Why Do Pianos Depreciate?

Why Do Pianos Depreciate?

When you purchased your last car, the value dropped the moment you drove off the lot. You drive it. You put miles on it. It gets a few dings. Maybe you repair it after an accident. It depreciates every single day. 

Most things in life work that way. You buy it. You use it. And then you dispose of it, depending on what it is. If you’re lucky, you can sell it in a second hand store, on eBay, or possibly in a garage sale. 

A piano works is no exception.

You buy it and it begins depreciating from the moment it arrives at your home. 

How it goes down in value depends on what you’re buying, the manufacturer, and the model. 

Dealers sell new pianos straight from the manufacturer. As a part of a capitalistic society, new always costs the most. The moment someone else takes ownership, the price begins to go down. 

And like other high-valued assets, the biggest drop comes within the first two to three years of life. That’s when the biggest depreciation exists. You’ll find pianos often drop as much as 20 percent the first year, usually settling into 5 percent for years two or three.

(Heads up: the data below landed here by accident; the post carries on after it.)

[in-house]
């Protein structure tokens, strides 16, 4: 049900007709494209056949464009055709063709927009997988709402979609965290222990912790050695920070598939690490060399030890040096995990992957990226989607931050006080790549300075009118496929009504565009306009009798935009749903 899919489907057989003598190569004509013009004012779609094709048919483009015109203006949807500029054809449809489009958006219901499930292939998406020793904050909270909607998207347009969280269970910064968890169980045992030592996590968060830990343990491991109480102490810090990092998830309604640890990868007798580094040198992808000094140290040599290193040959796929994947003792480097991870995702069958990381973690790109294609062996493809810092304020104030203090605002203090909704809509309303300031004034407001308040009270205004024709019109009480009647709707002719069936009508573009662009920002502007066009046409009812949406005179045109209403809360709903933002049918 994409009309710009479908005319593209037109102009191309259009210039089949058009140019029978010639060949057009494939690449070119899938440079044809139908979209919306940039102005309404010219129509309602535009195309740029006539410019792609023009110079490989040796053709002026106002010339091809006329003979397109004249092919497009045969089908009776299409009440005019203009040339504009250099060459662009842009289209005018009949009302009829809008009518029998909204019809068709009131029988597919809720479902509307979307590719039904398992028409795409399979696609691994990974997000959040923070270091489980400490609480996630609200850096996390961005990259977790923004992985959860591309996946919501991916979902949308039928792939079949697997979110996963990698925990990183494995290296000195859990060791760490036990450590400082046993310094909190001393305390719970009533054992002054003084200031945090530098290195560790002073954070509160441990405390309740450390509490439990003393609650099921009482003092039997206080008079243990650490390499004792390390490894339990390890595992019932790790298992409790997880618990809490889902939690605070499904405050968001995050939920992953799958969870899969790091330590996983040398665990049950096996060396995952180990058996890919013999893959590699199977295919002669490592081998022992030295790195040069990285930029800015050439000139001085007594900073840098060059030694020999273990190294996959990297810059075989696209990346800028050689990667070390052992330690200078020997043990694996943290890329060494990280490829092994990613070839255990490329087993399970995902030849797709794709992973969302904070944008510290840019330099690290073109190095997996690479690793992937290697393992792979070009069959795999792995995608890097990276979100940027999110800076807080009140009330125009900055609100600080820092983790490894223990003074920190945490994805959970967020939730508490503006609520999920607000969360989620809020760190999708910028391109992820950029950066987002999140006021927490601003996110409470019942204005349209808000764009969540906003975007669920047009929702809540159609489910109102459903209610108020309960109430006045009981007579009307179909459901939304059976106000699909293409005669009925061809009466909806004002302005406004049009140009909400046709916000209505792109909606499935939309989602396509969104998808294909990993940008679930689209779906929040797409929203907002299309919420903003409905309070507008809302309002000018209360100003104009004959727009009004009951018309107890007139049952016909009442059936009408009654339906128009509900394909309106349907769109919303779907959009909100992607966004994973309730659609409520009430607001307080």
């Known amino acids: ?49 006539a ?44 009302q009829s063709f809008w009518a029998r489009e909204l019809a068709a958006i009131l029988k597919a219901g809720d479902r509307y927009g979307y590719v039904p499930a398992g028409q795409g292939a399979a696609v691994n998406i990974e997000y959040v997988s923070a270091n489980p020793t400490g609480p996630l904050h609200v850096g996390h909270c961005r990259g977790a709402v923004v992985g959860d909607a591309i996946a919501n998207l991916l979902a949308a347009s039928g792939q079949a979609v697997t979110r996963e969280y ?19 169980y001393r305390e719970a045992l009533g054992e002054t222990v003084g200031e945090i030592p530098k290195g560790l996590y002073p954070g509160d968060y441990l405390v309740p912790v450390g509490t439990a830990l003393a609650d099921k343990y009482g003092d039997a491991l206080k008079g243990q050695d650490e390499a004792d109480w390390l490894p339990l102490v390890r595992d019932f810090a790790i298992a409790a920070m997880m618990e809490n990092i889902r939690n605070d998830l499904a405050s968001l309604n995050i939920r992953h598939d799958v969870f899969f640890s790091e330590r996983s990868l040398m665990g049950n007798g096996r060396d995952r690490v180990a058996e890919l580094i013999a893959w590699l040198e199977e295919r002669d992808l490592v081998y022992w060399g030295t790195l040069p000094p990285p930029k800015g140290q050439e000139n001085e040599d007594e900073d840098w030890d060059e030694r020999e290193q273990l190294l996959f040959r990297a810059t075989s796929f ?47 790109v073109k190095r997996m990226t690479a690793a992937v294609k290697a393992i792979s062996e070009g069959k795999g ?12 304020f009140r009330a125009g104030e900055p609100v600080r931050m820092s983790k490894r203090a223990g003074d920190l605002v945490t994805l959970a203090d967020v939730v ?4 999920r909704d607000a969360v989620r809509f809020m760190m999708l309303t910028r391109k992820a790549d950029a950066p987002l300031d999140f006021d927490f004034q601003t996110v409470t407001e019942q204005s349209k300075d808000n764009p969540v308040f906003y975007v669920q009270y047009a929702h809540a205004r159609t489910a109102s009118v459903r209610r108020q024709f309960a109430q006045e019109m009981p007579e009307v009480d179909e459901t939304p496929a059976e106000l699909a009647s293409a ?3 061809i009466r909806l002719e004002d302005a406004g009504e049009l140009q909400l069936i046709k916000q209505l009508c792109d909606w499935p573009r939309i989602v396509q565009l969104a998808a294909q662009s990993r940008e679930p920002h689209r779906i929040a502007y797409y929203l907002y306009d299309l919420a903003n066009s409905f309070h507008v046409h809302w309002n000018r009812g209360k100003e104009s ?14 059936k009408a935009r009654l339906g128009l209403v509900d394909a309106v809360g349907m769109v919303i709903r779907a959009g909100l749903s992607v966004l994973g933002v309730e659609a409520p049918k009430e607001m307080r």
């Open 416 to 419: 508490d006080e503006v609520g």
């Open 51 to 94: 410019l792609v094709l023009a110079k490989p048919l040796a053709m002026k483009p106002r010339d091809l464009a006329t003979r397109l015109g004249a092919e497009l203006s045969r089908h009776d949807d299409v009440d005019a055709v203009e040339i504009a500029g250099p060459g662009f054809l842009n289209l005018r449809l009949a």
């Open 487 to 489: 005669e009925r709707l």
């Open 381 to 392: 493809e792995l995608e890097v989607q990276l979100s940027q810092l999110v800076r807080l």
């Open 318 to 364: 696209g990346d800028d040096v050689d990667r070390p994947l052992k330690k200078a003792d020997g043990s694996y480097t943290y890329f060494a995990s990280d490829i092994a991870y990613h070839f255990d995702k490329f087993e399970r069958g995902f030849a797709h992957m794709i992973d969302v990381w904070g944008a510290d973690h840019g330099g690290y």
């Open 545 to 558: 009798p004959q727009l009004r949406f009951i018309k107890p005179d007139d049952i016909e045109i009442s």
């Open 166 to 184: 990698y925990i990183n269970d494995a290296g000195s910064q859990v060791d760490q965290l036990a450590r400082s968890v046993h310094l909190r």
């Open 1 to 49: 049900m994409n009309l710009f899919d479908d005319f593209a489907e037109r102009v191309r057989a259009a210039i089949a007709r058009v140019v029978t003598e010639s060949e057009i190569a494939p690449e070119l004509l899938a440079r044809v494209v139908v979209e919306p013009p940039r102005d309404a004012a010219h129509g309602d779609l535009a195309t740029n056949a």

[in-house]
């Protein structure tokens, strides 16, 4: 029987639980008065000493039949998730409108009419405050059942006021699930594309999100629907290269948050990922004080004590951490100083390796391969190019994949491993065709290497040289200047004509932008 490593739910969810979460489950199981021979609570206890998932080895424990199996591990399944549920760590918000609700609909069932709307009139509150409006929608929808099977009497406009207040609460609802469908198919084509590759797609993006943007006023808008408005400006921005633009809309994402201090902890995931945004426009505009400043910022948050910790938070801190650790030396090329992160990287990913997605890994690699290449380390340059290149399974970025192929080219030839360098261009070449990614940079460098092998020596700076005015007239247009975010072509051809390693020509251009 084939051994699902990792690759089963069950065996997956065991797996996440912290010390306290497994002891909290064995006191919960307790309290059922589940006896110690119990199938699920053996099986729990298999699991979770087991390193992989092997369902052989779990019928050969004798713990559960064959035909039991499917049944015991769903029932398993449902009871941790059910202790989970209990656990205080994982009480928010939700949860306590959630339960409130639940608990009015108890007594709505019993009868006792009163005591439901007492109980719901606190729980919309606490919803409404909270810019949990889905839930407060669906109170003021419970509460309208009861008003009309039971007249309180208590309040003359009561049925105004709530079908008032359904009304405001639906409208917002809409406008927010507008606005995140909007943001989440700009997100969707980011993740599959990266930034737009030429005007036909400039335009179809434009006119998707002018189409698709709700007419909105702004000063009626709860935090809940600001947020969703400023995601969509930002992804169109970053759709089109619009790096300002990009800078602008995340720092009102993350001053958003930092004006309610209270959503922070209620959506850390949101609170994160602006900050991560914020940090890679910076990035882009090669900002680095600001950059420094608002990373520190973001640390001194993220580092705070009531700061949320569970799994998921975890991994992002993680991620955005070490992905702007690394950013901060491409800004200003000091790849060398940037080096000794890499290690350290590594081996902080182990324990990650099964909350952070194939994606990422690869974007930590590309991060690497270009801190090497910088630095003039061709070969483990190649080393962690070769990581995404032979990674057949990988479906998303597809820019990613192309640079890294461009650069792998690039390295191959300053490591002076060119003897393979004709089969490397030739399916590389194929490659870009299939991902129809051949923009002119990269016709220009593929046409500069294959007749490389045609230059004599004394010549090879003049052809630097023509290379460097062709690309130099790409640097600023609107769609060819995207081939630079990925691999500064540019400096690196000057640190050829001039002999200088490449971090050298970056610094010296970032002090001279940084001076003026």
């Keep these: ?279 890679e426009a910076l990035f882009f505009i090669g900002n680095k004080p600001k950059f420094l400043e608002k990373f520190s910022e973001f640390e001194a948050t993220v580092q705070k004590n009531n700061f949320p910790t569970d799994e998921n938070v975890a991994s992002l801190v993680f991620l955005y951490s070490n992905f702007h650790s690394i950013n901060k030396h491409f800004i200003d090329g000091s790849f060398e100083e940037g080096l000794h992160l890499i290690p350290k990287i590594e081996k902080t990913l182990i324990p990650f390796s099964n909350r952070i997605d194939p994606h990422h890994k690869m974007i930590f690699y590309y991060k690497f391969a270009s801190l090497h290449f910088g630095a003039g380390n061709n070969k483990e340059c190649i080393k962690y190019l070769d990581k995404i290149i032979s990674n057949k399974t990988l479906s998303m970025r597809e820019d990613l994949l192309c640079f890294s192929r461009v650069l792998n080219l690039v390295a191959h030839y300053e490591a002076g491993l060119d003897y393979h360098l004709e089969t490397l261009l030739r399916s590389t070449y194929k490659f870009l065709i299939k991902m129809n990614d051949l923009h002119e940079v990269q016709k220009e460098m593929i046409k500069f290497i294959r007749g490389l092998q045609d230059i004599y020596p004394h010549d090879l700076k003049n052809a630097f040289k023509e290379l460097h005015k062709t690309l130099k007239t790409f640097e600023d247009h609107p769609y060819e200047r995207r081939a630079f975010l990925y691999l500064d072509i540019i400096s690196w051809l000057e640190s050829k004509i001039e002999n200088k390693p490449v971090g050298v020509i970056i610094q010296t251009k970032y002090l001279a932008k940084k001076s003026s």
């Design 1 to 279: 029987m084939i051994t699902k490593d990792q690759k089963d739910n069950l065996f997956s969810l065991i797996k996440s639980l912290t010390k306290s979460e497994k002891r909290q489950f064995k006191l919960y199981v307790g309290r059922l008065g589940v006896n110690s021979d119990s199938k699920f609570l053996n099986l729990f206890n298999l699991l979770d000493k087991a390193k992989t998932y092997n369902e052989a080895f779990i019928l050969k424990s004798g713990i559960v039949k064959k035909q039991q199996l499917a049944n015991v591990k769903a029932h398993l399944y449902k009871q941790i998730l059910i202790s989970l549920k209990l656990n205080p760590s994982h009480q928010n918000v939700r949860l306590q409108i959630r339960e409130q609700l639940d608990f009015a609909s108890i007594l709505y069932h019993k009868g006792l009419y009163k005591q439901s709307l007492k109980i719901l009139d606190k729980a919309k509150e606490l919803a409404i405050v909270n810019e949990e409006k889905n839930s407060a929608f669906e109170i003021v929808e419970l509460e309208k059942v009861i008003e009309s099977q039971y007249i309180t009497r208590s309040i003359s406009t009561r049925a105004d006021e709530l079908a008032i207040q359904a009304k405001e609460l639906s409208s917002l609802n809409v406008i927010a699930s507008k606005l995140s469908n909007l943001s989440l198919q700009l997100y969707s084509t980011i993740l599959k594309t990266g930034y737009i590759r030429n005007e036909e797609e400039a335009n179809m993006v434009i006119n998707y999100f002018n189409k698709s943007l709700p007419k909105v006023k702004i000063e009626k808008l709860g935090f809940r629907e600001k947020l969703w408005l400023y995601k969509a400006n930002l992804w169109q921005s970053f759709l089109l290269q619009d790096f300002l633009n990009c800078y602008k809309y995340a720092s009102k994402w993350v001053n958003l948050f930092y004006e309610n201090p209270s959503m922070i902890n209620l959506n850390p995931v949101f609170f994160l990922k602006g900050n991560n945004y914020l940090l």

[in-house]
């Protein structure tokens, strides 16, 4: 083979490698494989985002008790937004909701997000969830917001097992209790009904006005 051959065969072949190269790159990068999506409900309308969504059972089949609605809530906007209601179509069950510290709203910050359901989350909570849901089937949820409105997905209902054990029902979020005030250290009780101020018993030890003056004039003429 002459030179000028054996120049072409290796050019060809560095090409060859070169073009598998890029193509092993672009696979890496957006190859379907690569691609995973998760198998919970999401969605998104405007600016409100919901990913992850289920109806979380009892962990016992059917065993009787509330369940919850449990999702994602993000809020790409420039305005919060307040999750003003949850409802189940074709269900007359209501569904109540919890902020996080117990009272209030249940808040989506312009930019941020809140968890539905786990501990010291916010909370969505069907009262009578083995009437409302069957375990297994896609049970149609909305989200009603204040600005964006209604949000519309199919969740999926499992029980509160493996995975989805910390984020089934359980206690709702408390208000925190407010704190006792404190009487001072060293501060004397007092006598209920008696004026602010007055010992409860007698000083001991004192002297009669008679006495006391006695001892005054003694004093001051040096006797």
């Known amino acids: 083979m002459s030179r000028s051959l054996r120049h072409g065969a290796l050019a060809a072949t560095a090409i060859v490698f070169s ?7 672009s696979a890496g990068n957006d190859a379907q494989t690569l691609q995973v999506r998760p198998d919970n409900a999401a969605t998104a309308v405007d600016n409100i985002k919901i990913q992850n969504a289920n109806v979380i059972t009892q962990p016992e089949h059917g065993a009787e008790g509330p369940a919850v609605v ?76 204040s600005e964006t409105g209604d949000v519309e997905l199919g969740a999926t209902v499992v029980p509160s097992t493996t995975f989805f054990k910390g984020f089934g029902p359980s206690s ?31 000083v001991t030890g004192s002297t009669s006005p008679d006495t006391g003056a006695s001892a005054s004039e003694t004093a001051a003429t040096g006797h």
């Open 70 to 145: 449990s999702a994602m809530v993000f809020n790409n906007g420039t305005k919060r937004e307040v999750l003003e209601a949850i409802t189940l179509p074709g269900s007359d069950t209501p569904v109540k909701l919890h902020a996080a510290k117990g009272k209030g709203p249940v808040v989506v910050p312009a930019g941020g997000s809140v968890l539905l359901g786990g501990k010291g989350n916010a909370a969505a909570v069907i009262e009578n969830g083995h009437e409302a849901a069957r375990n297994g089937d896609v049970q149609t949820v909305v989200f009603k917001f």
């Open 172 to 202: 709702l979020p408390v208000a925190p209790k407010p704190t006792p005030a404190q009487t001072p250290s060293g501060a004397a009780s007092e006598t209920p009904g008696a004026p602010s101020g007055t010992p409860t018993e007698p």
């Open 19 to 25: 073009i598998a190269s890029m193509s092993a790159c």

Of course, this can be altered in many ways. What make and model did you purchase? How well do you care for your piano? Do you tune it regularly? Does it have appropriate levels of humidity? 

Not every piano depreciates in value over time. In some cases, a piano can appreciate and be worth more than you paid for it. Some of the bigger brands like Steinway, Bosendorfer, and Yamaha are always in demand. 

Their quality is so good, they tend to hold their value better than others. 

You might also find some come in limited editions, meaning they were produced with special qualities in mind. Especially in the professional arena, people often develop a liking for one particular brand and sound. If your piano meets certain qualifications, it can rise in value instead of going down. 

If you use your piano in a commercial application – a school or a church, for example – it’s often important to understand your options and select based on personal needs. Do you regularly switch up your pianos, purchase on a regular cycle? Depreciation may be just a part of doing business. If you’re looking for long term, maybe only a higher quality will do. 

Whatever your needs, we’re here to help. Just ask.